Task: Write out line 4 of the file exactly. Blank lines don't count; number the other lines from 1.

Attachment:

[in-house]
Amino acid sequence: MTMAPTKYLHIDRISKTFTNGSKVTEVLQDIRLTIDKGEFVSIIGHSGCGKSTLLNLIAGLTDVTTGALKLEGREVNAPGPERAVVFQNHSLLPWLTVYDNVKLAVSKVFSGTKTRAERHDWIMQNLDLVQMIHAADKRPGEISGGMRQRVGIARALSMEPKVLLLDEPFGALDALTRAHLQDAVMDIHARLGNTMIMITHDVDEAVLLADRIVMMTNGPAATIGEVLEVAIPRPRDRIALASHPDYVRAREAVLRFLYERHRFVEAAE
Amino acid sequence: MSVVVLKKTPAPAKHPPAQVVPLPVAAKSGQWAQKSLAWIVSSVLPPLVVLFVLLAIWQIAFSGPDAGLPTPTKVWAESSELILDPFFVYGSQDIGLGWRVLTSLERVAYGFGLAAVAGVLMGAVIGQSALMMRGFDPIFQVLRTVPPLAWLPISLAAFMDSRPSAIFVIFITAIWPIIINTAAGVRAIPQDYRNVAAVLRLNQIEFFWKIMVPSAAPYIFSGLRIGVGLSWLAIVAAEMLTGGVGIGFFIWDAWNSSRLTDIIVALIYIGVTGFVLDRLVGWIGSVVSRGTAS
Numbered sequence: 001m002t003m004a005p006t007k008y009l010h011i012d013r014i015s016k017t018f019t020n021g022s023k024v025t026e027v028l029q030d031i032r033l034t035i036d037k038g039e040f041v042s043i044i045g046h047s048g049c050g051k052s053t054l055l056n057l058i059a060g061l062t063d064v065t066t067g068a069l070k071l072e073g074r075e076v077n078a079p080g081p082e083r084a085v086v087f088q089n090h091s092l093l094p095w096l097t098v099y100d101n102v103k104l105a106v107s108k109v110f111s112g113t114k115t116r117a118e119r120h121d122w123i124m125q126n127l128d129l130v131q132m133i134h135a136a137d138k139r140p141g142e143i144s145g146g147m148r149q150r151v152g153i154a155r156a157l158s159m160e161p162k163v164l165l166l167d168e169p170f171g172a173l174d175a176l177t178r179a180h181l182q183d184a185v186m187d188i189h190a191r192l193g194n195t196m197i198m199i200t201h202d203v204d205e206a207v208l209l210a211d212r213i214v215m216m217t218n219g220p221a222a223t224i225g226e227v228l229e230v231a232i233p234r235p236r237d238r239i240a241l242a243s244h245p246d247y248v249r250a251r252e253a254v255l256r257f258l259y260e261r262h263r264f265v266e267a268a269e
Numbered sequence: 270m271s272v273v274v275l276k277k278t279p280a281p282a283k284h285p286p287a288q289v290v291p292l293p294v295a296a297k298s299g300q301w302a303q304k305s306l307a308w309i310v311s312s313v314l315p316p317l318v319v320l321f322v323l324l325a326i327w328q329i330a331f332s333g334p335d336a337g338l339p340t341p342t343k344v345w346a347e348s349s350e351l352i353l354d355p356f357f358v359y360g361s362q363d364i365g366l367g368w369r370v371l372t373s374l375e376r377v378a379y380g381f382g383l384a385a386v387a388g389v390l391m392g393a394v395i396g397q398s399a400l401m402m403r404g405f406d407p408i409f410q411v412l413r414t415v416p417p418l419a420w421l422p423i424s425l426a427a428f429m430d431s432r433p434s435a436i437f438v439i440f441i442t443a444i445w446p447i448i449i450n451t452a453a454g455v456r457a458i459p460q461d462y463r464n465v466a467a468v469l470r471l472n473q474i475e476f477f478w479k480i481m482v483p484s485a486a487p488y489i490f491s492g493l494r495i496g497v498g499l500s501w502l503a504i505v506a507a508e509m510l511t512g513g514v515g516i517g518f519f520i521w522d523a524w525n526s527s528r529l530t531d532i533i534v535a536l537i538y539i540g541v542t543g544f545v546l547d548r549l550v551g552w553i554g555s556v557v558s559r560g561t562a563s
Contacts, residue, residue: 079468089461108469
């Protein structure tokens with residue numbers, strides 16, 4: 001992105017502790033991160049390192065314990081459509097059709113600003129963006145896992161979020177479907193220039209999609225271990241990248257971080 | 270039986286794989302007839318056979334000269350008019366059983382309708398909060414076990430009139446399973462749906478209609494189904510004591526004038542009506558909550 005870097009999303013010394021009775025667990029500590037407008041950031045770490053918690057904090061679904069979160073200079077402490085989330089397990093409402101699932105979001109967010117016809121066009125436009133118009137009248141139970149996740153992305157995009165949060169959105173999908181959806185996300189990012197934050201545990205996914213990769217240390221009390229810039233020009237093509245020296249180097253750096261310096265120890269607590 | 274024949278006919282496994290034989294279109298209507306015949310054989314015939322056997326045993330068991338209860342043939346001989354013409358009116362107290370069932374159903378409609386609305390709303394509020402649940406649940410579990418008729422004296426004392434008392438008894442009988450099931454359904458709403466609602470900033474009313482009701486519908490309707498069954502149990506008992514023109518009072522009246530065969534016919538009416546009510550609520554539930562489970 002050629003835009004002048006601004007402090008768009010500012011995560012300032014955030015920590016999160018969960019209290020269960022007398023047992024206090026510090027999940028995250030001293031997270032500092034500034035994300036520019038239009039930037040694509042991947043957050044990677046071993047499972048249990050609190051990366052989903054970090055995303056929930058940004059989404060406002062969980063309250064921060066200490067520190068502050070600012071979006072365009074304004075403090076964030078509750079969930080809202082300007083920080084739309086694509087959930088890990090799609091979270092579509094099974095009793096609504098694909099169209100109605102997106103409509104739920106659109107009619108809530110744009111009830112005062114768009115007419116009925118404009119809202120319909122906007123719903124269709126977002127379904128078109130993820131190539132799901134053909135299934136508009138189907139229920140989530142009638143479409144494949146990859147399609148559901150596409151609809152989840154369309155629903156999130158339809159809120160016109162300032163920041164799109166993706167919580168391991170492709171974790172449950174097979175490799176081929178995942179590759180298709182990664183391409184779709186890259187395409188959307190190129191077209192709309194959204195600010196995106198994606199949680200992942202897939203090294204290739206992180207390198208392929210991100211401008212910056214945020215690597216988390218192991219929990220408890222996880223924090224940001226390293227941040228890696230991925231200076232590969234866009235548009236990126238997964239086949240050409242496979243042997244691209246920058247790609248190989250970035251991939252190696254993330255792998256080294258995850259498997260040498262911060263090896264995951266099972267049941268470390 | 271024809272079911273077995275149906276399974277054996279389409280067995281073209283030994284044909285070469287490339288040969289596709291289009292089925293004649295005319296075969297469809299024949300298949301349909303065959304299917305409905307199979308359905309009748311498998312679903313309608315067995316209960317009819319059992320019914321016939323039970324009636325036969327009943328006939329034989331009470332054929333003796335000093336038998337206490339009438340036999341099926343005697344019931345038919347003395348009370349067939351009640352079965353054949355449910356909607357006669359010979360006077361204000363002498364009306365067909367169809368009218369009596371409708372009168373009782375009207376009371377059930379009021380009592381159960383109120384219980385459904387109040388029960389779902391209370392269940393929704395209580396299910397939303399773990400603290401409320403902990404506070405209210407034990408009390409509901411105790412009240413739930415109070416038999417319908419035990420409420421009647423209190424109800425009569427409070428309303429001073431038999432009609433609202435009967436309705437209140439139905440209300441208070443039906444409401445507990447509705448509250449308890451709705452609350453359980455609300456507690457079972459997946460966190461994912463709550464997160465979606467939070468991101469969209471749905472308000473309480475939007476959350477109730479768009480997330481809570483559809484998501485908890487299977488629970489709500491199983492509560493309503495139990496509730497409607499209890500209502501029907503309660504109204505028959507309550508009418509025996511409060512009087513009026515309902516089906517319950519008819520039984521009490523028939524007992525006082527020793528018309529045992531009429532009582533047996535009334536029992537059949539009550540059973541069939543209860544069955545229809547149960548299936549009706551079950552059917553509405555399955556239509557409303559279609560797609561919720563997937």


Numbered sequence: 001m002t003m004a005p006t007k008y009l010h011i012d013r014i015s016k017t018f019t020n021g022s023k024v025t026e027v028l029q030d031i032r033l034t035i036d037k038g039e040f041v042s043i044i045g046h047s048g049c050g051k052s053t054l055l056n057l058i059a060g061l062t063d064v065t066t067g068a069l070k071l072e073g074r075e076v077n078a079p080g081p082e083r084a085v086v087f088q089n090h091s092l093l094p095w096l097t098v099y100d101n102v103k104l105a106v107s108k109v110f111s112g113t114k115t116r117a118e119r120h121d122w123i124m125q126n127l128d129l130v131q132m133i134h135a136a137d138k139r140p141g142e143i144s145g146g147m148r149q150r151v152g153i154a155r156a157l158s159m160e161p162k163v164l165l166l167d168e169p170f171g172a173l174d175a176l177t178r179a180h181l182q183d184a185v186m187d188i189h190a191r192l193g194n195t196m197i198m199i200t201h202d203v204d205e206a207v208l209l210a211d212r213i214v215m216m217t218n219g220p221a222a223t224i225g226e227v228l229e230v231a232i233p234r235p236r237d238r239i240a241l242a243s244h245p246d247y248v249r250a251r252e253a254v255l256r257f258l259y260e261r262h263r264f265v266e267a268a269e